Long-term Clinical and Echocardiographic Outcomes in Young and Middle-aged Adults Undergoing the Ross Procedure


There is no ideal valve substitute for young adults requiring aortic valve replacement. Multicenter data supporting use of the Ross procedure with respect to long-term postoperative valve–related mortality and reintervention, as well as function of the autograft and pulmonary homograft, are needed.
To determine the long-term clinical and echocardiographic outcomes in young and middle-aged patients undergoing the Ross procedure.
Design, Setting, and Participants
A retrospective multicenter international cohort study with a median follow-up period of 9.2 years was conducted in 5 experienced centers regularly performing the Ross procedure. Consecutive patients aged 18 to 65 years were included by each center between 1991 and 2018.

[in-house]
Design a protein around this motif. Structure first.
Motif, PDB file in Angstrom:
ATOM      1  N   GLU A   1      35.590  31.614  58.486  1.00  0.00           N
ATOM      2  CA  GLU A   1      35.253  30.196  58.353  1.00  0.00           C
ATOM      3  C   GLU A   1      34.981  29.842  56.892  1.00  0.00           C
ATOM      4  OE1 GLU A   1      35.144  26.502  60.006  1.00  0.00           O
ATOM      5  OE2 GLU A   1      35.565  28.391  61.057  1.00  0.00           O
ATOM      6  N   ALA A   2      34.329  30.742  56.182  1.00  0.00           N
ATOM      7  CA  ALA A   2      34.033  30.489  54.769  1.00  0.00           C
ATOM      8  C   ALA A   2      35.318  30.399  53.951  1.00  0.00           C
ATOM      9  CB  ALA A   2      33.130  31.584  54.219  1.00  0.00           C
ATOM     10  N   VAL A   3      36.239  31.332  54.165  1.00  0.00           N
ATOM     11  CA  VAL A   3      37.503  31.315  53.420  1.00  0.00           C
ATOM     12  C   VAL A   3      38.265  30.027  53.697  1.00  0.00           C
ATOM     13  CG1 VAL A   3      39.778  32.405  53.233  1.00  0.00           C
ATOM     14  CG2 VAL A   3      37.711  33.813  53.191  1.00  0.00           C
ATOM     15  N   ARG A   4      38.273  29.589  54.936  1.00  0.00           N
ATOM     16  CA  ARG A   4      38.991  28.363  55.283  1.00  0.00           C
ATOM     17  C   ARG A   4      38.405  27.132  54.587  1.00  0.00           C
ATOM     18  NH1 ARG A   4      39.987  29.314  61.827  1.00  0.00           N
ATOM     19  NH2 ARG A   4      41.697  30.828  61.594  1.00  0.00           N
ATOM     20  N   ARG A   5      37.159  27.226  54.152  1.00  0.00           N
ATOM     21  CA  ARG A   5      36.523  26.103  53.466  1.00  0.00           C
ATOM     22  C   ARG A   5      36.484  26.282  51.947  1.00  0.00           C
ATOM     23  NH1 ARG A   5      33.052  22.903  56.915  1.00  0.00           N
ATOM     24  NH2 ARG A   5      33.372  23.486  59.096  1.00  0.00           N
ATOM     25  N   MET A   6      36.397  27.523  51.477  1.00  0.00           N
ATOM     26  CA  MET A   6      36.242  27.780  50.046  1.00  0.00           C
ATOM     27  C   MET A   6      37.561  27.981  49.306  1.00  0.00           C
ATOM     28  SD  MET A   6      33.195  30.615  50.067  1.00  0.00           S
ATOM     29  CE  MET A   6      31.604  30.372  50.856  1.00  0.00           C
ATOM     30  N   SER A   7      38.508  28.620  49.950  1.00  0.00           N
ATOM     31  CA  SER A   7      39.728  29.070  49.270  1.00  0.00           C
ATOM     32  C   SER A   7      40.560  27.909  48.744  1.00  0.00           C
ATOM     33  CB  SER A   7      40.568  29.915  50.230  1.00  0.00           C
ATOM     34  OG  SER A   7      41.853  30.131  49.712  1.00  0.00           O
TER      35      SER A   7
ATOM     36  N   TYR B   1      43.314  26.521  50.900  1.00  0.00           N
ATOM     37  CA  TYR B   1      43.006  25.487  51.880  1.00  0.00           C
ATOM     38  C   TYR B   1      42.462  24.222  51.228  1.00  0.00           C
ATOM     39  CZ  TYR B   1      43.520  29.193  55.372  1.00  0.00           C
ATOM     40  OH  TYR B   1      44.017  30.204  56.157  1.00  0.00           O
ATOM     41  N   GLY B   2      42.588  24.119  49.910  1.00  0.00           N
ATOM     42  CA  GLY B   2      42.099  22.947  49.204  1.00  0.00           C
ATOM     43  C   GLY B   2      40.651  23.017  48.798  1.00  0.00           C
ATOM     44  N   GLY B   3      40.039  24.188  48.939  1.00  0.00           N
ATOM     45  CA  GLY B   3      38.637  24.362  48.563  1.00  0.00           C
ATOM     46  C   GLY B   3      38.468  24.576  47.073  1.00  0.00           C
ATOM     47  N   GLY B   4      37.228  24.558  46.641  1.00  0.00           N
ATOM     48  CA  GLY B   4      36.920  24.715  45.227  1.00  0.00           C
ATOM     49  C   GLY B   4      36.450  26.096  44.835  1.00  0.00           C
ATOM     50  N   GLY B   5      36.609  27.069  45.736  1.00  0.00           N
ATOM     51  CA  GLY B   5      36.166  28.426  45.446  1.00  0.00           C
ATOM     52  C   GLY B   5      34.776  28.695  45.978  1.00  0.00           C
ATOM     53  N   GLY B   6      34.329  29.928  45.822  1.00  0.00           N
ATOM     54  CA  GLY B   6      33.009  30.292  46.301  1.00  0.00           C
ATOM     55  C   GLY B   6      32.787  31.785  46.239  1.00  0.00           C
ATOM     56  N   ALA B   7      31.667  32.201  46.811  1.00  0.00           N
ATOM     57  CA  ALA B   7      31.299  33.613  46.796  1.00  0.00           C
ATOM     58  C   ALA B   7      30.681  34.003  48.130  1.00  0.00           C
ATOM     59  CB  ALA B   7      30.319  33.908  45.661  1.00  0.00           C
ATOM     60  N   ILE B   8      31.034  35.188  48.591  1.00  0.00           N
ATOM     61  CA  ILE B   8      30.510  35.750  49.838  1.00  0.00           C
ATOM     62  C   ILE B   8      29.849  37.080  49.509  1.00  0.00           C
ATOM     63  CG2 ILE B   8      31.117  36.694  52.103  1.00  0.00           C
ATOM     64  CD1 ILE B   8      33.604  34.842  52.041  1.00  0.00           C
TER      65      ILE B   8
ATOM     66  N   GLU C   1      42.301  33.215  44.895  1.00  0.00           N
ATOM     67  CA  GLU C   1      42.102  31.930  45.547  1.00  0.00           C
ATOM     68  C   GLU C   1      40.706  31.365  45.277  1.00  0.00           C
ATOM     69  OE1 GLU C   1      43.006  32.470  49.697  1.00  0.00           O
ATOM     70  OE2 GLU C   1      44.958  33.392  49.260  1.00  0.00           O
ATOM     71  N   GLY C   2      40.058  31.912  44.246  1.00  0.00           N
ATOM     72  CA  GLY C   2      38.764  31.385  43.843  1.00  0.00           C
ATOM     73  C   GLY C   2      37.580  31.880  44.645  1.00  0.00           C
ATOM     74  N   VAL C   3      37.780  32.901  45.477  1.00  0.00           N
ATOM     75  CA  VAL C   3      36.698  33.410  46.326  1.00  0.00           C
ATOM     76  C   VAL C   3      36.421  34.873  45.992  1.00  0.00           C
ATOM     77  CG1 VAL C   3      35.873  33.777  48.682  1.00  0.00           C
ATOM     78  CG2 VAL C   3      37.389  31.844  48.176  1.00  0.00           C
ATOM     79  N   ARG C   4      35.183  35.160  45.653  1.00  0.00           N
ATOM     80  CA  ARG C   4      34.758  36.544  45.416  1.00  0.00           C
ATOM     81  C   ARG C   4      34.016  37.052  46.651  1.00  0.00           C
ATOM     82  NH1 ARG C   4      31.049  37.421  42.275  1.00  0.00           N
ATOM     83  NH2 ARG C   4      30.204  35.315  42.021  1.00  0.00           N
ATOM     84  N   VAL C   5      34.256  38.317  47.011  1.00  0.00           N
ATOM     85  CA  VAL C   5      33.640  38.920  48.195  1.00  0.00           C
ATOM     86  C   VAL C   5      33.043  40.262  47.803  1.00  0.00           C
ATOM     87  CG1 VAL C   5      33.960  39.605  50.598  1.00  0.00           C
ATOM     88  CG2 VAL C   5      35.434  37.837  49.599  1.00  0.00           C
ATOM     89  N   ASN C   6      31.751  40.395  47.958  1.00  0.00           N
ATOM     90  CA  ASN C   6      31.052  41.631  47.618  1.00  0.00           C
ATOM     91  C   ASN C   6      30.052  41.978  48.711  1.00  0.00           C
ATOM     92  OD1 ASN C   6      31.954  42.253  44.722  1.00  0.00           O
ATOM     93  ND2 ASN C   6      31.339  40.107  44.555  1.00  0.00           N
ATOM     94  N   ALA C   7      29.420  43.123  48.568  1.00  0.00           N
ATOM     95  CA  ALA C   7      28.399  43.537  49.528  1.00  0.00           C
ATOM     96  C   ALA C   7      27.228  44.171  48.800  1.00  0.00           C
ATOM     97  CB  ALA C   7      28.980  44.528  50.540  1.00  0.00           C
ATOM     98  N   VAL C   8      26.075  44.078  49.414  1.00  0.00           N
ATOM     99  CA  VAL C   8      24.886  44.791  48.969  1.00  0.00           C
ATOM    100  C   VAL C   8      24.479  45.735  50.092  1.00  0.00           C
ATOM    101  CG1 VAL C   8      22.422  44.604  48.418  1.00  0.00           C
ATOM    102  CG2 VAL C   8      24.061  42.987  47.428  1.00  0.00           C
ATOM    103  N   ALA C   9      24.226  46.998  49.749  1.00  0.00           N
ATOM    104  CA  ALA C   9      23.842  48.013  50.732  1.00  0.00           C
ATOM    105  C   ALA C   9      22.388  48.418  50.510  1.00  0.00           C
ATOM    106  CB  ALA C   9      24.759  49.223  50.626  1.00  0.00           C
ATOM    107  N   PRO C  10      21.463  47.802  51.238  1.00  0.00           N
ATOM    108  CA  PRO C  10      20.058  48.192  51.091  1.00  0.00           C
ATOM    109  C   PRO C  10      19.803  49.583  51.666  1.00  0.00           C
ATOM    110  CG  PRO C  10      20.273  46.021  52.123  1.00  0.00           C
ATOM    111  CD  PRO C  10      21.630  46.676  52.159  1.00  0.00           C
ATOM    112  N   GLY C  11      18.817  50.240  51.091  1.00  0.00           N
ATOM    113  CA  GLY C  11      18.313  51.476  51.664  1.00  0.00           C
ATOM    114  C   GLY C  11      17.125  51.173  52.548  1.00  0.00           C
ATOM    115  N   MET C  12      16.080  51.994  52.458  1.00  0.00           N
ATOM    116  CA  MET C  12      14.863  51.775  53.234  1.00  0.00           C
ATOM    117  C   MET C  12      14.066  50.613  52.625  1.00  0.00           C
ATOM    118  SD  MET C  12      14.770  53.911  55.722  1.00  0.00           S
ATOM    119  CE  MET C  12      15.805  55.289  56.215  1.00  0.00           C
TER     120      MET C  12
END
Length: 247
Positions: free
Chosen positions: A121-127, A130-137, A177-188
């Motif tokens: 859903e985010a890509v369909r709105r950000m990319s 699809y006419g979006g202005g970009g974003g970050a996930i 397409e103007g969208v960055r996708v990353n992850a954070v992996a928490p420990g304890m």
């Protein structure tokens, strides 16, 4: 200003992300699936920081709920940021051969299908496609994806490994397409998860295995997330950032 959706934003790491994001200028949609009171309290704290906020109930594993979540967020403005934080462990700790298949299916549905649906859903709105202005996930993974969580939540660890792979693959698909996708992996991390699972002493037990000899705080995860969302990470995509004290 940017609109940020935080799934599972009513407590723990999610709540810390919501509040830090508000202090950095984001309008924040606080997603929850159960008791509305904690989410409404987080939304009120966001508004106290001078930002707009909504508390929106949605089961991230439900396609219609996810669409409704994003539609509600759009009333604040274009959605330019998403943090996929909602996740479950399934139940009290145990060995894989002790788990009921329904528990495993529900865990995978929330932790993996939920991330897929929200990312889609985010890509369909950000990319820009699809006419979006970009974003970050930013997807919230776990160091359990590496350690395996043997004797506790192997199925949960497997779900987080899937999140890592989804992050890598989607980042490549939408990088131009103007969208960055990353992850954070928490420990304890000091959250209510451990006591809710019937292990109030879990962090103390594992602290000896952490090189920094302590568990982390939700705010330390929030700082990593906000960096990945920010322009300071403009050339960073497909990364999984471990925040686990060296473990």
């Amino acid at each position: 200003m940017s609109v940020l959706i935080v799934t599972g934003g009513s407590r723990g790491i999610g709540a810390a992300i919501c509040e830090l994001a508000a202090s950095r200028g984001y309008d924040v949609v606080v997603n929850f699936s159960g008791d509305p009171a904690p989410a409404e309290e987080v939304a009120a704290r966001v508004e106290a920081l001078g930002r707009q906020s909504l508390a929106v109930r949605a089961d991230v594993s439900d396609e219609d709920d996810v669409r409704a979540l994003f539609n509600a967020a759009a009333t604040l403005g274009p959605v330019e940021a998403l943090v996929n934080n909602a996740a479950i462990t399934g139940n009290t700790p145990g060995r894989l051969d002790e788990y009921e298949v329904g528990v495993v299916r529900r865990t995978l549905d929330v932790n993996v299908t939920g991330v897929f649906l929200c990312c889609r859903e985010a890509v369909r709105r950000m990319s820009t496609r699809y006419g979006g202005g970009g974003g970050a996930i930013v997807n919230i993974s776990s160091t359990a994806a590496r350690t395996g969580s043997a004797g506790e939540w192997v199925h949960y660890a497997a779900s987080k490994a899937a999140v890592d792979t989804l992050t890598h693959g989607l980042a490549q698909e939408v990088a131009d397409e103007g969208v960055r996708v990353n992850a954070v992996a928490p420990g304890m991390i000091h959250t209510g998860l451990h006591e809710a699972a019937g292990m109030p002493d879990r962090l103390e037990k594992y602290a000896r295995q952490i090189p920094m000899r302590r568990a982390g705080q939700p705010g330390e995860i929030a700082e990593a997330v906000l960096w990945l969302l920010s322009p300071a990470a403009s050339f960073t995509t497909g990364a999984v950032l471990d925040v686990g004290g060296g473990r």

Main Outcomes and Measures
Survival and autograft-related and homograft-related reintervention. Serial echocardiographic measurements of valve function were analyzed using mixed-effects modeling.
During the study period, 1431 patients (74.3% men; n = 1063) were operated on at a median age of 48.5 years (mean [SD], 47.7 [9.5]; range, 18.1-65; interquartile range, 42.7-54.0). Implantation techniques were root inclusion in 355 (24.9%), root replacement in 485 (34.0%), and subcoronary implantation in 587 (41.1%). Right ventricular outflow tract reconstruction was performed with homografts in 98.6% (n = 1189) and bioprostheses in 1.4% (n = 17). Ten patients (0.7%) died before discharge. Median follow-up was 9.2 years (13 015 total patient-years). Survival after 10 and 15 years was 95.1% (95% CI, 93.8%-96.5%) and 88.5% (95% CI, 85.9%-91.1%), respectively. Freedom from autograft and homograft reintervention after 15 years was 92.0% and 97.2%, respectively. Late events were autograft endocarditis in 14 patients (0.11% per patient-year), homograft endocarditis in 11 patients (0.08% per patient-year), and stroke in 37 patients (0.3% per patient-year).
and Relevance Given its excellent short-term and long-term outcome in young and middle-aged adults in this study, the Ross procedure should be considered in young and middle-aged adults who require aortic valve replacement. Patients should be referred to an experienced center with a program dedicated to the Ross procedure.

In JAMA Cardiology